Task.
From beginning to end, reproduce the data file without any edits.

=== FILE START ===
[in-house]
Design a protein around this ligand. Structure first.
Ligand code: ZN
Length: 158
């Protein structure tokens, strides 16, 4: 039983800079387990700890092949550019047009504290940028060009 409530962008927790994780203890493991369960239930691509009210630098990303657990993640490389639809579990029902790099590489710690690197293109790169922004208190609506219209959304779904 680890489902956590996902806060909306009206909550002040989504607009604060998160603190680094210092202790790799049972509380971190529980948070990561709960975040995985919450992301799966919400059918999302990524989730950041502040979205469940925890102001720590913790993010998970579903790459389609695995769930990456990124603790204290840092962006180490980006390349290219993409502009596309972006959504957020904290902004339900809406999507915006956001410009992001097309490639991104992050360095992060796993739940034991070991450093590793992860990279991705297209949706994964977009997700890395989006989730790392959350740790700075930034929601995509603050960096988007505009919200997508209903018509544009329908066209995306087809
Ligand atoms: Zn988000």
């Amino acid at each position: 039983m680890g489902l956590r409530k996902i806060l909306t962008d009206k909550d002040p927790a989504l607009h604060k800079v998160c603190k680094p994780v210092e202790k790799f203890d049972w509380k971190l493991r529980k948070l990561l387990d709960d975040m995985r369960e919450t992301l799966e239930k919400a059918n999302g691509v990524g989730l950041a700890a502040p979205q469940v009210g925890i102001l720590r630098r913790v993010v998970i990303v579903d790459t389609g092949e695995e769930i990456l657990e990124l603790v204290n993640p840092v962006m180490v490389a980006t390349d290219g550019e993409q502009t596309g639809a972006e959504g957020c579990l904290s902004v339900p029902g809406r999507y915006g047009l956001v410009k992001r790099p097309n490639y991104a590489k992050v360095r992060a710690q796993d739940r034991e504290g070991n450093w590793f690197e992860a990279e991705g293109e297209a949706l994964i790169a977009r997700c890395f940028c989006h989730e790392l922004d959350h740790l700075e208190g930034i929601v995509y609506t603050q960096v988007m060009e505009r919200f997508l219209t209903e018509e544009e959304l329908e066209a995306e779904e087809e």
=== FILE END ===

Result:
[in-house]
Design a protein around this ligand. Structure first.
Ligand code: ZN
Length: 158
């Protein structure tokens, strides 16, 4: 039983800079387990700890092949550019047009504290940028060009 409530962008927790994780203890493991369960239930691509009210630098990303657990993640490389639809579990029902790099590489710690690197293109790169922004208190609506219209959304779904 680890489902956590996902806060909306009206909550002040989504607009604060998160603190680094210092202790790799049972509380971190529980948070990561709960975040995985919450992301799966919400059918999302990524989730950041502040979205469940925890102001720590913790993010998970579903790459389609695995769930990456990124603790204290840092962006180490980006390349290219993409502009596309972006959504957020904290902004339900809406999507915006956001410009992001097309490639991104992050360095992060796993739940034991070991450093590793992860990279991705297209949706994964977009997700890395989006989730790392959350740790700075930034929601995509603050960096988007505009919200997508209903018509544009329908066209995306087809
Ligand atoms: Zn988000």
């Amino acid at each position: 039983m680890g489902l956590r409530k996902i806060l909306t962008d009206k909550d002040p927790a989504l607009h604060k800079v998160c603190k680094p994780v210092e202790k790799f203890d049972w509380k971190l493991r529980k948070l990561l387990d709960d975040m995985r369960e919450t992301l799966e239930k919400a059918n999302g691509v990524g989730l950041a700890a502040p979205q469940v009210g925890i102001l720590r630098r913790v993010v998970i990303v579903d790459t389609g092949e695995e769930i990456l657990e990124l603790v204290n993640p840092v962006m180490v490389a980006t390349d290219g550019e993409q502009t596309g639809a972006e959504g957020c579990l904290s902004v339900p029902g809406r999507y915006g047009l956001v410009k992001r790099p097309n490639y991104a590489k992050v360095r992060a710690q796993d739940r034991e504290g070991n450093w590793f690197e992860a990279e991705g293109e297209a949706l994964i790169a977009r997700c890395f940028c989006h989730e790392l922004d959350h740790l700075e208190g930034i929601v995509y609506t603050q960096v988007m060009e505009r919200f997508l219209t209903e018509e544009e959304l329908e066209a995306e779904e087809e």